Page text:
In fact, the best recent example of the importance of the noncustomer is U.S. department stores. At their peak some 20 years ago, department stores served 30 percent of the U.S. nonfood retail market. They questioned their customers constantly, studied them, surveyed them. But they paid no attention to the 70 percent of the market who were not their customers. They saw no reason why they should. Their theory of the business assumed that most people who could afford to shop in department stores did. Fifty years ago, that assumption fit reality. But when the baby boomers came of age, it ceased to be valid. For the dominant group among baby boomers--women in educated two-income families--it was not money that determined where to shop. Time was the primary factor, and this generation's women could not afford to spend their time shopping in department stores. Because department stores looked only at their own customers, they did not recognize this change until a few years ago. By then, business was already drying up. And it was too late to get the baby boomers back. The department stores learned the hard way that although being customer driven is vital, it is not enough. An organization must be market driven too.
---------- Early Diagnosis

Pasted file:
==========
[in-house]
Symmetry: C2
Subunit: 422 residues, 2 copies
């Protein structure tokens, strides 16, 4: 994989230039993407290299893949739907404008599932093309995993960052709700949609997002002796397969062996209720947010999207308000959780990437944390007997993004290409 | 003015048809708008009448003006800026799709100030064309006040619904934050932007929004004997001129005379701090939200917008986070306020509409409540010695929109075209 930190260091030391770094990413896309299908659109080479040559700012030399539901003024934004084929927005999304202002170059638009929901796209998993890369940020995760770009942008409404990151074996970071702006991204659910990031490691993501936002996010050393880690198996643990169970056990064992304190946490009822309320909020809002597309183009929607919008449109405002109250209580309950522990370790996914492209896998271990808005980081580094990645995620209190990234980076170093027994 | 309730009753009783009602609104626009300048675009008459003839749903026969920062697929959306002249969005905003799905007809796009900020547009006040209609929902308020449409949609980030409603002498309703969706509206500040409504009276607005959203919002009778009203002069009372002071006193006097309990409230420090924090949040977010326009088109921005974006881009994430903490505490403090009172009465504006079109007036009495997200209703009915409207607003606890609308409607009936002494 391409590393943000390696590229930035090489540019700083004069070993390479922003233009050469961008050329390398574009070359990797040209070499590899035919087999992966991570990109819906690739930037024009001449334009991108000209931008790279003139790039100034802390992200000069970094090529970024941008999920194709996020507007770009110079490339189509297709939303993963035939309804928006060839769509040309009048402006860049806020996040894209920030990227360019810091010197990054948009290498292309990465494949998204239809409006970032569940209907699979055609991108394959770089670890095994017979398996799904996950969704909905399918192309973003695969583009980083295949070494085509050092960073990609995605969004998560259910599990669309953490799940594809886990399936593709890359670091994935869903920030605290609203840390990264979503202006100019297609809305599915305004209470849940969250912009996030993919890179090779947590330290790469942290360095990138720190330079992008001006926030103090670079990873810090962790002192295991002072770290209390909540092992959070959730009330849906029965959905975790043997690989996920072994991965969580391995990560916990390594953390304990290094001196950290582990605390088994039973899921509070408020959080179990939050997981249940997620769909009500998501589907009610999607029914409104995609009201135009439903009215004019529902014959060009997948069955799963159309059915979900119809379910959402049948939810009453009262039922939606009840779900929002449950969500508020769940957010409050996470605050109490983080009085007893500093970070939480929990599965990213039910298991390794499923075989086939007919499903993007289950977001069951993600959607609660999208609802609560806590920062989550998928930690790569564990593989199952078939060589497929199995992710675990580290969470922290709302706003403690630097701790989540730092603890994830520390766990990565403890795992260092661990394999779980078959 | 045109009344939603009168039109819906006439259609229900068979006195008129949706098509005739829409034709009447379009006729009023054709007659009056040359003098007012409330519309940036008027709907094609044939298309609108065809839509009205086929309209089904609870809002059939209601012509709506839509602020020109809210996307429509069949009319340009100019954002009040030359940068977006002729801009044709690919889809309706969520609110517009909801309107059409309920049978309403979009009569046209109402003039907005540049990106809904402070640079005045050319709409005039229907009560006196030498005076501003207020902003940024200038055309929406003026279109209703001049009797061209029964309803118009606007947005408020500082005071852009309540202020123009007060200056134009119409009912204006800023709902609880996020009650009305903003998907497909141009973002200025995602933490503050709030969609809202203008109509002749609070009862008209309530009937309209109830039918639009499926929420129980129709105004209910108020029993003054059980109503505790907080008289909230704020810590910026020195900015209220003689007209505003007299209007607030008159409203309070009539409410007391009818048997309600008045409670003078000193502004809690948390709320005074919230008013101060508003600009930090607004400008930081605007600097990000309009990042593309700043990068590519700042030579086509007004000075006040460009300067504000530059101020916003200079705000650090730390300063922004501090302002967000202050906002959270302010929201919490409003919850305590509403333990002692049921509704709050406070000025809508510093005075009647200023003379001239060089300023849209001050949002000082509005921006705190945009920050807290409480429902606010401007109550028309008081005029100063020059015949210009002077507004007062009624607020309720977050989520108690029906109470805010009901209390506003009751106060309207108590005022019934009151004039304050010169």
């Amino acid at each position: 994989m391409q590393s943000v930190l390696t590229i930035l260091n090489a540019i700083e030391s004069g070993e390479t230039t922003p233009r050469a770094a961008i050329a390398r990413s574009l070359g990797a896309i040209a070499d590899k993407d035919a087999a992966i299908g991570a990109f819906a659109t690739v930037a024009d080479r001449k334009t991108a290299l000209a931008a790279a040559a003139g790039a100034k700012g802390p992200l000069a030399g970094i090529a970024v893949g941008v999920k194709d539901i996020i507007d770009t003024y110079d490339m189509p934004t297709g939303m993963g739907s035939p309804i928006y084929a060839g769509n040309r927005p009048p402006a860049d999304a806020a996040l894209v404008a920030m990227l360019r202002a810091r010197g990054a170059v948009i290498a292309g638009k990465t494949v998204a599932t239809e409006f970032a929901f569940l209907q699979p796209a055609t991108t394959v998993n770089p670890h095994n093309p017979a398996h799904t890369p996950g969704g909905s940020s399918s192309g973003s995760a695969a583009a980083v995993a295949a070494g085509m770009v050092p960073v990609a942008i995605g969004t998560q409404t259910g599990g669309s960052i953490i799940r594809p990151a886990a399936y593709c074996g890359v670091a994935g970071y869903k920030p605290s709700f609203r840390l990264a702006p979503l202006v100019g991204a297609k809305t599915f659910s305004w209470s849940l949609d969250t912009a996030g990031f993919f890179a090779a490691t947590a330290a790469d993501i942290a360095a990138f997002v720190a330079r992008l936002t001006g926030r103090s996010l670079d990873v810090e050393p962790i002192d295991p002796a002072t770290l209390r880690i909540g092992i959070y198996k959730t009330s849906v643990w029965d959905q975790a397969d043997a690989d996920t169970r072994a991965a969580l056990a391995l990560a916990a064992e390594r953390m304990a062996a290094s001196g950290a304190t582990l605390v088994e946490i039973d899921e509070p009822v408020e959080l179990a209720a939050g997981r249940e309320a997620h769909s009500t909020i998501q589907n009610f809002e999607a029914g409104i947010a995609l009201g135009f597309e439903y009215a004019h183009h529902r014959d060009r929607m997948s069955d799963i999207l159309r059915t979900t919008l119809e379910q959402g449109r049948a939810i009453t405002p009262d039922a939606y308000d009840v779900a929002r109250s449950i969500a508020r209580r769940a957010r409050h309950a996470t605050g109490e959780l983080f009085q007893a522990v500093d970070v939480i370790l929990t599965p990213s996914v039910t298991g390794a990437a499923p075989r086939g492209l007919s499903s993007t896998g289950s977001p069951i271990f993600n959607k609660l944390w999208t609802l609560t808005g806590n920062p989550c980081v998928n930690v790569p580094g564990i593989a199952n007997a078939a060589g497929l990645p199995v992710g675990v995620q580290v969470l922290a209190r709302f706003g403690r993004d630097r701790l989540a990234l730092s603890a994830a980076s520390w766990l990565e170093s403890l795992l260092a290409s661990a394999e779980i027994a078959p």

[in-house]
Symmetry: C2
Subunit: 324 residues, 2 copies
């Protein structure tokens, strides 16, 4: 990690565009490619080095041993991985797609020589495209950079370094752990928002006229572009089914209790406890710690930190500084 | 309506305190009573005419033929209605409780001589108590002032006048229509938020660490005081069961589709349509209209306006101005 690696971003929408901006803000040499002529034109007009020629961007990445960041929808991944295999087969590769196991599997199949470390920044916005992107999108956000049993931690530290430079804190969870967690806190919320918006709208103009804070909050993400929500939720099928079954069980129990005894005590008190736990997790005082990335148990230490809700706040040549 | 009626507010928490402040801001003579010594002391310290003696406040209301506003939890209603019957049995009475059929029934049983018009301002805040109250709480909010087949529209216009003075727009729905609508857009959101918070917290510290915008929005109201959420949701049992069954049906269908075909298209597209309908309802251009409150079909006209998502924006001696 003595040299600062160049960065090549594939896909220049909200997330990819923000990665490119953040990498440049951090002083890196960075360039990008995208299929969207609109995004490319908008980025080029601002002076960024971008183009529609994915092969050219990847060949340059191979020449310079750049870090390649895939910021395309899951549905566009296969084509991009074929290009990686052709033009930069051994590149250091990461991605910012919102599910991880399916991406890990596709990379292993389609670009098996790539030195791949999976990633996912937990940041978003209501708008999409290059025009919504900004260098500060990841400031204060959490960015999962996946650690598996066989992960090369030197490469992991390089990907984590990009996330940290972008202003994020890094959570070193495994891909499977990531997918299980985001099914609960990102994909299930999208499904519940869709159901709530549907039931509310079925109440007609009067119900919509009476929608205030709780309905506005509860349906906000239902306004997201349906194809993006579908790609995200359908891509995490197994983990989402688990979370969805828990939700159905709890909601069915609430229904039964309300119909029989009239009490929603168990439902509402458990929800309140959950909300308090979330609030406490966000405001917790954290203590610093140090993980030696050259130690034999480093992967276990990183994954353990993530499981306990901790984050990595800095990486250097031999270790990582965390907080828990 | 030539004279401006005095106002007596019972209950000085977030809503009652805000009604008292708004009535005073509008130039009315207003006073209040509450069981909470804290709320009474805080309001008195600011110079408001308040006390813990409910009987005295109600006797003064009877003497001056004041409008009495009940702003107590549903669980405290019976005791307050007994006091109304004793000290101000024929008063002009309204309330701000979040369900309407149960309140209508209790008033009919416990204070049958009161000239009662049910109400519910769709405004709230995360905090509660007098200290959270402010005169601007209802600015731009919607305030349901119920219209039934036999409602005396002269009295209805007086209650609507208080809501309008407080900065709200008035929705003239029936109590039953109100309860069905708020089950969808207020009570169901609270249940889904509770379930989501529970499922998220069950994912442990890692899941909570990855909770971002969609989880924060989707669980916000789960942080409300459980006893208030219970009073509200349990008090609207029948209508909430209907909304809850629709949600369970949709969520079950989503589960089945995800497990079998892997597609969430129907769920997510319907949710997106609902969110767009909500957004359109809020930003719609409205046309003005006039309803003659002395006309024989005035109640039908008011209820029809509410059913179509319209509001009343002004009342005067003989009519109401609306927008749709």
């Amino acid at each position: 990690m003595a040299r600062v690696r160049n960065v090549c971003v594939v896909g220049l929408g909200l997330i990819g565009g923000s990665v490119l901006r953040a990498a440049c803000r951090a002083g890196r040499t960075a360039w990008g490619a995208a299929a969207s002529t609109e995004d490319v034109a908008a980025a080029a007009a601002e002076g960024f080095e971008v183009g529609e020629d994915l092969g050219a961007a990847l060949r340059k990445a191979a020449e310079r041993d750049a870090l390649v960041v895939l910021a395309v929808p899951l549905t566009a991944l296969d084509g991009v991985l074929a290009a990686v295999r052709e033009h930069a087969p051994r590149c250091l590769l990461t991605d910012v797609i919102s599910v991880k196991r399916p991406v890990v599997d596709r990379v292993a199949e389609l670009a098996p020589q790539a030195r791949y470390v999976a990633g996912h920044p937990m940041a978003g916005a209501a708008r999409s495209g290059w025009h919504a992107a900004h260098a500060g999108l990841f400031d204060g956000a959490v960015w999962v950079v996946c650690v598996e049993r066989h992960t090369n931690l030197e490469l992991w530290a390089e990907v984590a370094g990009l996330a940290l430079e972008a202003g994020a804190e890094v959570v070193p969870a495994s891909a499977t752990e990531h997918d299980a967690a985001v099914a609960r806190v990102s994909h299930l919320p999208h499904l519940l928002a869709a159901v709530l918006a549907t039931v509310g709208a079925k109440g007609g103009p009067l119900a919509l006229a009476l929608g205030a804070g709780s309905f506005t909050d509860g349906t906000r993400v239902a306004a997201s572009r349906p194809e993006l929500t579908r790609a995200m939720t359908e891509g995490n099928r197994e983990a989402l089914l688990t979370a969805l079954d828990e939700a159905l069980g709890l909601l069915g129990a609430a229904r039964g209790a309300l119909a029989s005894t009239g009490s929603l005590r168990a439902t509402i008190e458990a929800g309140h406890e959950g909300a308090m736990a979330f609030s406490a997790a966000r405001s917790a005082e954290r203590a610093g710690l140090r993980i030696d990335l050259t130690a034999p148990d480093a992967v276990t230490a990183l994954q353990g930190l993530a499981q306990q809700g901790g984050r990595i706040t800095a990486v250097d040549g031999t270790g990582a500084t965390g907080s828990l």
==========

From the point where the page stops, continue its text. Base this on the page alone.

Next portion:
To diagnose problems early, managers must pay attention to the warning signs. A theory of the business always becomes obsolete when an organization attains its original objectives. Attaining one's objectives, then, is not cause for celebration; it is cause for new thinking. AT&T accomplished its mission to give every U.S. family and business access to the telephone by the mid-1950s. Some executives then said it was time to reassess the theory of the business and, for instance, separate local service--where the objectives had been reached--from growing and future businesses, beginning with long-distance service and extending into global telecommunications. Their arguments went unheeded, and a few years later AT&T began to flounder, only to be rescued by antitrust, which did by fiat what the company's management had refused to do voluntarily.
Rapid growth is another sure sign of crisis in an organization's theory. Any organization that doubles or triples in size within a fairly short period of time has necessarily outgrown its theory. Even Silicon Valley has learned that beer bashes are no longer adequate for communication once a company has grown so big that people have to wear name tags. But such growth challenges much deeper assumptions, policies, and habits. To continue in health, let alone grow, the organization has to ask itself again the questions about its environment, mission, and core competencies.